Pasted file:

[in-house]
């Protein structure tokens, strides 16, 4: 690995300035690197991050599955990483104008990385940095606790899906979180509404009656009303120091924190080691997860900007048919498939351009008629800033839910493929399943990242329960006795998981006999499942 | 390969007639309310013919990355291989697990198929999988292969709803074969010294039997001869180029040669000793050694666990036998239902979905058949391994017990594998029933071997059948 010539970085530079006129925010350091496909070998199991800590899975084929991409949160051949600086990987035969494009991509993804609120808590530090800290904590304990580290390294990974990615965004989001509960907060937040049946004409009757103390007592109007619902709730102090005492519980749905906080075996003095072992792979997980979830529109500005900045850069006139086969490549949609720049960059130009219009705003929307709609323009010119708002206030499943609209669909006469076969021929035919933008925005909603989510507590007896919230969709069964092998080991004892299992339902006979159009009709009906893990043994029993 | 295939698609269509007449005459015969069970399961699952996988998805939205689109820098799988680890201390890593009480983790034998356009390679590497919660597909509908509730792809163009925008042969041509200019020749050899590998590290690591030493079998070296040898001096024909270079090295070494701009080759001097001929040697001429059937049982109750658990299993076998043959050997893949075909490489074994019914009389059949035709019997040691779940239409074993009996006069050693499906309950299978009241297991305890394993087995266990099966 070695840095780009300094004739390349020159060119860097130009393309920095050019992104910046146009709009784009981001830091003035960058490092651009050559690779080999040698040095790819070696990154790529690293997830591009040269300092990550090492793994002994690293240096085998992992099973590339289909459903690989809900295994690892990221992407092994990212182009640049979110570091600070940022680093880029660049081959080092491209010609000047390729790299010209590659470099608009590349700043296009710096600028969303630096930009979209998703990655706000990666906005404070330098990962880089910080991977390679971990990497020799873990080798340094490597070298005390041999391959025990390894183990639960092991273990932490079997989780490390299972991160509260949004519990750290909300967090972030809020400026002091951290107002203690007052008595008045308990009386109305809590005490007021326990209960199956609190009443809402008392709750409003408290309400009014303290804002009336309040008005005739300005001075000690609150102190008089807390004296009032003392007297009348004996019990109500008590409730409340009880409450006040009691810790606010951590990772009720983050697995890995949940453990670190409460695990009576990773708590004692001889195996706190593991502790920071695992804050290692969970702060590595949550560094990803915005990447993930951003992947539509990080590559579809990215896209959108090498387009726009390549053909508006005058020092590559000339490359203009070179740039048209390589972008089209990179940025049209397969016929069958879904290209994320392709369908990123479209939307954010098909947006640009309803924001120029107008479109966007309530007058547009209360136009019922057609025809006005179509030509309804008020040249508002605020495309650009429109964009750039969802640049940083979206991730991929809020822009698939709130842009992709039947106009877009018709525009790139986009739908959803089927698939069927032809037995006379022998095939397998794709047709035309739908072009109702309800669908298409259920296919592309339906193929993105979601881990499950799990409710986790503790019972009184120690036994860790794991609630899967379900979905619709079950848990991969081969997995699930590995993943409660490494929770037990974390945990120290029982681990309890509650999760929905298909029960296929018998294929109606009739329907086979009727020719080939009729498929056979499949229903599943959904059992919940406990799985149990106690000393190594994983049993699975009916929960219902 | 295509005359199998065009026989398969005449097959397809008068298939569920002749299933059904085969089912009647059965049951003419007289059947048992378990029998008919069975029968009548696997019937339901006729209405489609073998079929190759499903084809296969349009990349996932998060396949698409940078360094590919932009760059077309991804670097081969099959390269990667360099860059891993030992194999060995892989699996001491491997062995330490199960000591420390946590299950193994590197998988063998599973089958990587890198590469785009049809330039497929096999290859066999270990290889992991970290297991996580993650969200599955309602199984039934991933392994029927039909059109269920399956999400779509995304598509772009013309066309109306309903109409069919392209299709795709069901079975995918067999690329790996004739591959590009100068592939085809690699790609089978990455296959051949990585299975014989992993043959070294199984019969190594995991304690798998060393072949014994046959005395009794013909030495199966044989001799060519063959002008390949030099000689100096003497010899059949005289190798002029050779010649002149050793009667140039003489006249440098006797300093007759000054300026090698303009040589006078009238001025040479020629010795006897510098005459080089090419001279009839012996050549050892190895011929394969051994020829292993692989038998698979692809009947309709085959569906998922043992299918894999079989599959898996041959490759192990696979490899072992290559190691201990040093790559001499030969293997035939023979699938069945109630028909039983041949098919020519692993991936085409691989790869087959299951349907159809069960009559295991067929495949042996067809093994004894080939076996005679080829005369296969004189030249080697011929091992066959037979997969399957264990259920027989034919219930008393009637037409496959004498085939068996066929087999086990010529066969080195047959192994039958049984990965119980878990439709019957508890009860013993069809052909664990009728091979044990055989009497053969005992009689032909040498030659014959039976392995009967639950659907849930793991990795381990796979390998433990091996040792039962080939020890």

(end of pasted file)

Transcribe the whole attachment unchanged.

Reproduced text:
[in-house]
């Protein structure tokens, strides 16, 4: 690995300035690197991050599955990483104008990385940095606790899906979180509404009656009303120091924190080691997860900007048919498939351009008629800033839910493929399943990242329960006795998981006999499942 | 390969007639309310013919990355291989697990198929999988292969709803074969010294039997001869180029040669000793050694666990036998239902979905058949391994017990594998029933071997059948 010539970085530079006129925010350091496909070998199991800590899975084929991409949160051949600086990987035969494009991509993804609120808590530090800290904590304990580290390294990974990615965004989001509960907060937040049946004409009757103390007592109007619902709730102090005492519980749905906080075996003095072992792979997980979830529109500005900045850069006139086969490549949609720049960059130009219009705003929307709609323009010119708002206030499943609209669909006469076969021929035919933008925005909603989510507590007896919230969709069964092998080991004892299992339902006979159009009709009906893990043994029993 | 295939698609269509007449005459015969069970399961699952996988998805939205689109820098799988680890201390890593009480983790034998356009390679590497919660597909509908509730792809163009925008042969041509200019020749050899590998590290690591030493079998070296040898001096024909270079090295070494701009080759001097001929040697001429059937049982109750658990299993076998043959050997893949075909490489074994019914009389059949035709019997040691779940239409074993009996006069050693499906309950299978009241297991305890394993087995266990099966 070695840095780009300094004739390349020159060119860097130009393309920095050019992104910046146009709009784009981001830091003035960058490092651009050559690779080999040698040095790819070696990154790529690293997830591009040269300092990550090492793994002994690293240096085998992992099973590339289909459903690989809900295994690892990221992407092994990212182009640049979110570091600070940022680093880029660049081959080092491209010609000047390729790299010209590659470099608009590349700043296009710096600028969303630096930009979209998703990655706000990666906005404070330098990962880089910080991977390679971990990497020799873990080798340094490597070298005390041999391959025990390894183990639960092991273990932490079997989780490390299972991160509260949004519990750290909300967090972030809020400026002091951290107002203690007052008595008045308990009386109305809590005490007021326990209960199956609190009443809402008392709750409003408290309400009014303290804002009336309040008005005739300005001075000690609150102190008089807390004296009032003392007297009348004996019990109500008590409730409340009880409450006040009691810790606010951590990772009720983050697995890995949940453990670190409460695990009576990773708590004692001889195996706190593991502790920071695992804050290692969970702060590595949550560094990803915005990447993930951003992947539509990080590559579809990215896209959108090498387009726009390549053909508006005058020092590559000339490359203009070179740039048209390589972008089209990179940025049209397969016929069958879904290209994320392709369908990123479209939307954010098909947006640009309803924001120029107008479109966007309530007058547009209360136009019922057609025809006005179509030509309804008020040249508002605020495309650009429109964009750039969802640049940083979206991730991929809020822009698939709130842009992709039947106009877009018709525009790139986009739908959803089927698939069927032809037995006379022998095939397998794709047709035309739908072009109702309800669908298409259920296919592309339906193929993105979601881990499950799990409710986790503790019972009184120690036994860790794991609630899967379900979905619709079950848990991969081969997995699930590995993943409660490494929770037990974390945990120290029982681990309890509650999760929905298909029960296929018998294929109606009739329907086979009727020719080939009729498929056979499949229903599943959904059992919940406990799985149990106690000393190594994983049993699975009916929960219902 | 295509005359199998065009026989398969005449097959397809008068298939569920002749299933059904085969089912009647059965049951003419007289059947048992378990029998008919069975029968009548696997019937339901006729209405489609073998079929190759499903084809296969349009990349996932998060396949698409940078360094590919932009760059077309991804670097081969099959390269990667360099860059891993030992194999060995892989699996001491491997062995330490199960000591420390946590299950193994590197998988063998599973089958990587890198590469785009049809330039497929096999290859066999270990290889992991970290297991996580993650969200599955309602199984039934991933392994029927039909059109269920399956999400779509995304598509772009013309066309109306309903109409069919392209299709795709069901079975995918067999690329790996004739591959590009100068592939085809690699790609089978990455296959051949990585299975014989992993043959070294199984019969190594995991304690798998060393072949014994046959005395009794013909030495199966044989001799060519063959002008390949030099000689100096003497010899059949005289190798002029050779010649002149050793009667140039003489006249440098006797300093007759000054300026090698303009040589006078009238001025040479020629010795006897510098005459080089090419001279009839012996050549050892190895011929394969051994020829292993692989038998698979692809009947309709085959569906998922043992299918894999079989599959898996041959490759192990696979490899072992290559190691201990040093790559001499030969293997035939023979699938069945109630028909039983041949098919020519692993991936085409691989790869087959299951349907159809069960009559295991067929495949042996067809093994004894080939076996005679080829005369296969004189030249080697011929091992066959037979997969399957264990259920027989034919219930008393009637037409496959004498085939068996066929087999086990010529066969080195047959192994039958049984990965119980878990439709019957508890009860013993069809052909664990009728091979044990055989009497053969005992009689032909040498030659014959039976392995009967639950659907849930793991990795381990796979390998433990091996040792039962080939020890």